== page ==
I was like this for a long time. I refused to let people past the barrage of walls that I had built up around myself. I hated my flaws and despised anyone having access to them. Daily I struggle with allowing myself to be vulnerable, but it has been the biggest key in me starting to deal with my anxiety. 

Fear is rooted in a lack of vulnerability. It’s like the further you isolate yourself from others (thinking you’re protecting yourself) the more anxious and fearful you become. You become more and more fearful of people’s intentions…

“This is too good to be true..”

“What is he/she up to?”

“No-one is this nice..”

“What do they say when I’m not around?”

Sound familiar? These same thoughts have crossed my mind a thousand times. The only way I have been able to start the journey in battling these voices is allowing myself to be vulnerable. I make an effort to talk about what makes me anxious, and in return I listen when other people trust me with their problems. There is a lot that can be said in just having a simple conversation with someone and GENUINELY caring about their well-being.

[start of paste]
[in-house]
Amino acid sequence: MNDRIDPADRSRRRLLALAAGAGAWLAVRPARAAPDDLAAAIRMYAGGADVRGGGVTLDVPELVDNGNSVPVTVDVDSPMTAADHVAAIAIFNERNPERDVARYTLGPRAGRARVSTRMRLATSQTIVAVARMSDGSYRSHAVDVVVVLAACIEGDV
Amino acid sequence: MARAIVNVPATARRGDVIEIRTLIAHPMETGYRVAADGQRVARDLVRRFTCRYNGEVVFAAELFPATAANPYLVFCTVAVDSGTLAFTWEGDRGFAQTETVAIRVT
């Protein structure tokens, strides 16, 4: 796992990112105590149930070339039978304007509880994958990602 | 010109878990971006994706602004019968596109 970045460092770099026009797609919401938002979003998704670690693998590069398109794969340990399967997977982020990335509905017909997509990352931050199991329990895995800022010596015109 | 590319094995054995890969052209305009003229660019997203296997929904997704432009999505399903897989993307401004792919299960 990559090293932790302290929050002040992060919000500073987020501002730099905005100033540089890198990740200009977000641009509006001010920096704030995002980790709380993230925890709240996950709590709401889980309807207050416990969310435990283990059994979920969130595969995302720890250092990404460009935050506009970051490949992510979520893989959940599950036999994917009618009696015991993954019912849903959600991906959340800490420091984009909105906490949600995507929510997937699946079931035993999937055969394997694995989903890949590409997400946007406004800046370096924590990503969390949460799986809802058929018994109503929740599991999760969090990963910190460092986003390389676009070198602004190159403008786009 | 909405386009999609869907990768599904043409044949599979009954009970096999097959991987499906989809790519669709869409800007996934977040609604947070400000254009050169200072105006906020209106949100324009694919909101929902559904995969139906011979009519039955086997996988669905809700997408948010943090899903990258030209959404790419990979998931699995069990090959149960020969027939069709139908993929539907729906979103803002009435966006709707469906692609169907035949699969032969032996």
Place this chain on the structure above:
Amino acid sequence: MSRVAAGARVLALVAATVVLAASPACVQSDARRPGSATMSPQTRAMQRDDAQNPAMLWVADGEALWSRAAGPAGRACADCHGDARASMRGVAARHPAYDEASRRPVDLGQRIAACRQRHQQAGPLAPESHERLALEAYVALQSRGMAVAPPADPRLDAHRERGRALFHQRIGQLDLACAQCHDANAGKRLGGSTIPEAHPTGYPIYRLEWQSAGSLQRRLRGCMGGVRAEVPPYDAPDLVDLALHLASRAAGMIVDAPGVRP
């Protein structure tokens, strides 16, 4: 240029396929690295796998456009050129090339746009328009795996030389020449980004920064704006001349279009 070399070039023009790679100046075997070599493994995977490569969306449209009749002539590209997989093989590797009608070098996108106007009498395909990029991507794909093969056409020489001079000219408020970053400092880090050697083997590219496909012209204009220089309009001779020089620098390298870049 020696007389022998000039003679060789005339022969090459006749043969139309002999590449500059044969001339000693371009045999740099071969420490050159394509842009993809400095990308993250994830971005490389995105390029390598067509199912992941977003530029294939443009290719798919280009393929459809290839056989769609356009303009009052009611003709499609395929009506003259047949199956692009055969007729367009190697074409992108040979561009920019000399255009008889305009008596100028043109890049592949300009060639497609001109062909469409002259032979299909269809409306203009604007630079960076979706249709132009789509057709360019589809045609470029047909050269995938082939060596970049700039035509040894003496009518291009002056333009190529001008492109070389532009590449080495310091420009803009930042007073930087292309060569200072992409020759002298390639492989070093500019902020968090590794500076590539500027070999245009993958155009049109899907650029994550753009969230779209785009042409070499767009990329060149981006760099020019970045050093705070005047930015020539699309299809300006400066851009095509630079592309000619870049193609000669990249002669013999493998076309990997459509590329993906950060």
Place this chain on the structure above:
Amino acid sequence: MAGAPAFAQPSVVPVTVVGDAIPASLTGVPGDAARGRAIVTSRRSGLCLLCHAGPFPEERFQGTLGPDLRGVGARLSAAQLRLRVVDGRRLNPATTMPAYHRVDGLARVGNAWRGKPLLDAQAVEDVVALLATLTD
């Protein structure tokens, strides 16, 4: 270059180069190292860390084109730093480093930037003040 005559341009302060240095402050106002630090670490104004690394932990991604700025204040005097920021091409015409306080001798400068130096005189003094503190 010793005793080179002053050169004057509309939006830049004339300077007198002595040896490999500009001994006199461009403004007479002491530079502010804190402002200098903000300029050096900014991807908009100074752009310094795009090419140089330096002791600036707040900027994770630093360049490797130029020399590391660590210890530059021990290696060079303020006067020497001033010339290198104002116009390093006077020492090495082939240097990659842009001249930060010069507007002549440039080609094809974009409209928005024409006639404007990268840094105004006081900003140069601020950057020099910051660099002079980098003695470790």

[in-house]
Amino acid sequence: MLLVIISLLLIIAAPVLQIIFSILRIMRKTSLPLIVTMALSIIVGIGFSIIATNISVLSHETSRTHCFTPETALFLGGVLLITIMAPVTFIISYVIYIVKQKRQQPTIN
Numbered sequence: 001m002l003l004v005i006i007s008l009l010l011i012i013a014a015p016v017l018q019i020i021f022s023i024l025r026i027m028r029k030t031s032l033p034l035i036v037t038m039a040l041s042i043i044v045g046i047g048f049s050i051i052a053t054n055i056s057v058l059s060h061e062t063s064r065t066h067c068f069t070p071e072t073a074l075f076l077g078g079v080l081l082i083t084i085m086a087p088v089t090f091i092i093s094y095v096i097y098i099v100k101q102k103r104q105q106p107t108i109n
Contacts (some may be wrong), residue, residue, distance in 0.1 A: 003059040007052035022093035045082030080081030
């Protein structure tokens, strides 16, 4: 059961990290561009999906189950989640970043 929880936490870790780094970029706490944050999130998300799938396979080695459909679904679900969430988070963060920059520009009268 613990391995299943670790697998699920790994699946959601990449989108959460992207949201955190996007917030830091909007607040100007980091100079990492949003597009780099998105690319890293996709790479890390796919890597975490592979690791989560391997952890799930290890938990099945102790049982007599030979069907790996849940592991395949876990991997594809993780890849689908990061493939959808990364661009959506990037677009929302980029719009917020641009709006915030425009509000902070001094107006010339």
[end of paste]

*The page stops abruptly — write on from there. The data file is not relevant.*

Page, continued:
Start by just having genuine conversations with friends. Thank someone for what they do for you, and don’t expect anything in return. Trust someone with your flaws, and listen to them if they choose to talk to you about theirs. 

If you don’t feel like you have the ability to be vulnerable with anyone else yet, try being vulnerable with yourself. Like I mentioned earlier, stand in the mirror and talk to yourself about your flaws or insecurities. I know this may sound insane, but it’s something I do. I look at myself and ask “Why are you feeling like this”.. I really try to close my mouth and just listen to what my mind and heart are telling me. 

Sometimes I can figure it out, and other times I can’t. The important thing is I allowed myself to put my insecurities out in the open.

Even if you just start by being honest with yourself, little by little the walls will come down and realizing the benefit in having deep relationships with other human beings will manifest itself. Eventually, you will gain the courage to trust other people.


It will be scary. I know. 

But you can do this. 


I believe in you.